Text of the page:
Tag Archives: lions

U.S. Hopes to Extend Its Endangered Species Protections to Lions in Africa

Just 5 months after the death of Cecil the lion, the U.S. is making moves to protect lions all the way in Africa.

The U.S. plans to extend its endangered species protection to those big cats, as the U.S. Fish and Wildlife Service will classify lions in southern and eastern Africa as threatened and those in central and western Africa as fully endangered. This will put into practice tighter restrictions on the import of lion trophies and body parts.

This plan is significant because around 50% of all lion hunting in Africa is carried out by Americans. More than 5,600 lions have been poached and imported by American hunters in the last 10 years, according to U.S. Fish and Wildlife Service.

With these new rules, people will be prohibited from bringing lion parts into the U.S. if the lion is from a country where they are endangered. In addition, any hunter that does bring a trophy in, will have to show that they were “legally obtained” from countries that have a “scientifically sound management program that benefits the subspecies in the wild.”

Photo by Derek Keats / CC BY 2.0
Photo by Derek Keats / CC BY 2.0

An international study found that the number of African lions have dropped by half since 1993 and are expected to decline another 50% the next 20 years in west, central and east Africa. Decreasing lion populations are caused by hunting, as well as habitat loss, and these new rules put the burden of proof on hunters.

Although lions are suffering these dramatic declines, they are only listed as vulnerable by the International Union for Conservation of Nature (IUCN). The organization estimates that there are around 20,000 lions total left in Africa.

Director of the FWS Dan Ashe says:

“The lion is one of the planet’s most beloved species and an irreplaceable part of our shared global heritage. If we want to ensure that healthy lion populations continue to roam the African savannas and forests of India, it’s up to all of us – not just the people of Africa and India – to take action. Sustainable trophy hunting as part of a well-managed conservation program can and does contribute to the survival of the species in the wild, providing real incentives to oppose poaching and conserve lion populations.”

Featured image by Tambako The Jaguar / CC BY-ND 2.0

3 Big wins for Wildlife Conservation in 2015

A lot is going wrong in the world of conservation, from the poaching crisis and wildlife trade to deforestation and illegal logging, and beyond. Still, we did see some major victories for animals last year. Here are 3 big wins for wildlife in 2015:

1. Elephants
In May, Nepal released numbers that showed the numbers of their endangered one-horned rhinos were up to 675 – a whopping 300 more animals than a decade ago. In August, Thailand destroyed its ivory to join in the fight against poaching elephants and the wildlife trade. And in September, the two largest markets for elephant ivory, U.S. and China, agreed to enact a complete ban on ivory trade.

Chief executive of the Wildlife Conservation Society Cristián Samper told TakePart:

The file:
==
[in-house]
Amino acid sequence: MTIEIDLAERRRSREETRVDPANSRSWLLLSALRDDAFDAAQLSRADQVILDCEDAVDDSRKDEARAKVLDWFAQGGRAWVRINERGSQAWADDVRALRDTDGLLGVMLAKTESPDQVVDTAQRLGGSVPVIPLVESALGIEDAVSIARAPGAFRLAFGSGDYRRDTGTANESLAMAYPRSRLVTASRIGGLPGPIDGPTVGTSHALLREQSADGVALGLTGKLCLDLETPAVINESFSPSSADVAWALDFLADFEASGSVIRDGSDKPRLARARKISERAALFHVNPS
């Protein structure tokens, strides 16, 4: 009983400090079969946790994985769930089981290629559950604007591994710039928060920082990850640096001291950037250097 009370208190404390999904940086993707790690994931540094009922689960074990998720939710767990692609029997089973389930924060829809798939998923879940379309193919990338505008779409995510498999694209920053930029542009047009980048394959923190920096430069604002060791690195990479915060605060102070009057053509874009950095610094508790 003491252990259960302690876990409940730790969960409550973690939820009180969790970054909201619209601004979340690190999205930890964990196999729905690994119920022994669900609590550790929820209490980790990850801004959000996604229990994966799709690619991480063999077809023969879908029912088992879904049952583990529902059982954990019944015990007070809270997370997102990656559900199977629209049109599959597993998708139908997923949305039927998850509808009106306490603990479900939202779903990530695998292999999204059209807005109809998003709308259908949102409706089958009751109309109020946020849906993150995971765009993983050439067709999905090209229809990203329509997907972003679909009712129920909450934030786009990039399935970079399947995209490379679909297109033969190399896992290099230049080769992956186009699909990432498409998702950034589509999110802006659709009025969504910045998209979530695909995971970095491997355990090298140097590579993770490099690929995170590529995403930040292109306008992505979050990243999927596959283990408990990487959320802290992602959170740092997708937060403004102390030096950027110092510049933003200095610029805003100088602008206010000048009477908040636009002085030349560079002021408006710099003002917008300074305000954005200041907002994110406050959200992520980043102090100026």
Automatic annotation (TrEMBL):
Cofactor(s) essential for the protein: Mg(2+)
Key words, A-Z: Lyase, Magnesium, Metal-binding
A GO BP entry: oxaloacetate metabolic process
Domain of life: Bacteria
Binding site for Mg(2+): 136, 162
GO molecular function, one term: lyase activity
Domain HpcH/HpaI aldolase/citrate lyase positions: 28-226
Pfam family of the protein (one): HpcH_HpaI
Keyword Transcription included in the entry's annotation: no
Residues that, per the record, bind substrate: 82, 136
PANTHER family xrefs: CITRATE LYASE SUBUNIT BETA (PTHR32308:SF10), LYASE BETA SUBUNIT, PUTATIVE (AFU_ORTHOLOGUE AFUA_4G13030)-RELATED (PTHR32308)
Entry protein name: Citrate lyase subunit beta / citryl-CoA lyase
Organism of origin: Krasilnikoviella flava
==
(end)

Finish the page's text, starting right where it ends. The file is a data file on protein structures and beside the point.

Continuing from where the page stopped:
“Two of the most powerful heads of state want an end to all ivory trade. That’s only good news for elephants, and we call upon all governments to follow suit. Once both nations definitively take this action, ivory trafficking will begin to fall, and the number of elephants could rise again.”


Image by Lucy Rickards / CC BY 2.0
Image by Lucy Rickards / CC BY 2.0

2. Oceans
A lot happened for for oceans in 2015: in July, the Philippines created its first sanctuary for the declining shark and ray populations. In September, New Zealand banned fishing, oil exploration, mining and other human disturbances in an area of ocean twice the size of the country itself. And in November, the U.S. and Cuba agreed to protect coral reefs and marine wildlife in the 90-miles of ocean between the two countries.


Image by Pius Mahimbi / CC BY-SA 2.0
Image by Pius Mahimbi / CC BY-SA 2.0

3. Lions
In 2015, we witnessed the tragic killing of Cecil the lion. But that catapulted the poaching issue, and the search for solutions, into the public eye. The U.S. Fish and Wildlife Service has proposed to give the African lion endangered species protections. In addition, 45 commercial airlines banned the transportation of hunting trophies from lions, elephants and rhinos in 2015.

Featured image by Stuart Orford
/ CC BY-SA 2.0

Lions Have Returned to Rwanda After 15 Years

This year, seven lions were reintroduced to Rwanda, where the wild population died out a few years after the 1994 genocide.

Two males and five females were taken a 30-hour journey from South Africa to Akagera national park, a 276,800 acre area in Rwanda that borders Tanzania. The park is equipped with electric fencing and the lions with satellite collars.

Lions were wiped out in the region following the 1994 Rwanda genocide when refugees and displaced people killed the last of the lions to protect their livestock. But the endangered animal’s return symbolizes both a success for conservation and for the nation. Akagera is only about a two hour drive from Rwanda’s capital and an important tourist destination that could see a surge in popularity from the return of the lions.

As of last month, the lion is still listed as vulnerable in the world by the IUCN with the threat of wildlife trade increasing. But Akagera park provides these animals with a safe, natural habitat where they can hopefully flourish. Park officials are also working to reintroduce rhinos in Akagera, which, if successful, would be another great conservation achievement.

Photo by ollografik / CC BY-ND 2.0
Photo by ollografik / CC BY-ND 2.0

Featured image by Diana Robinson / CC BY-ND 2.0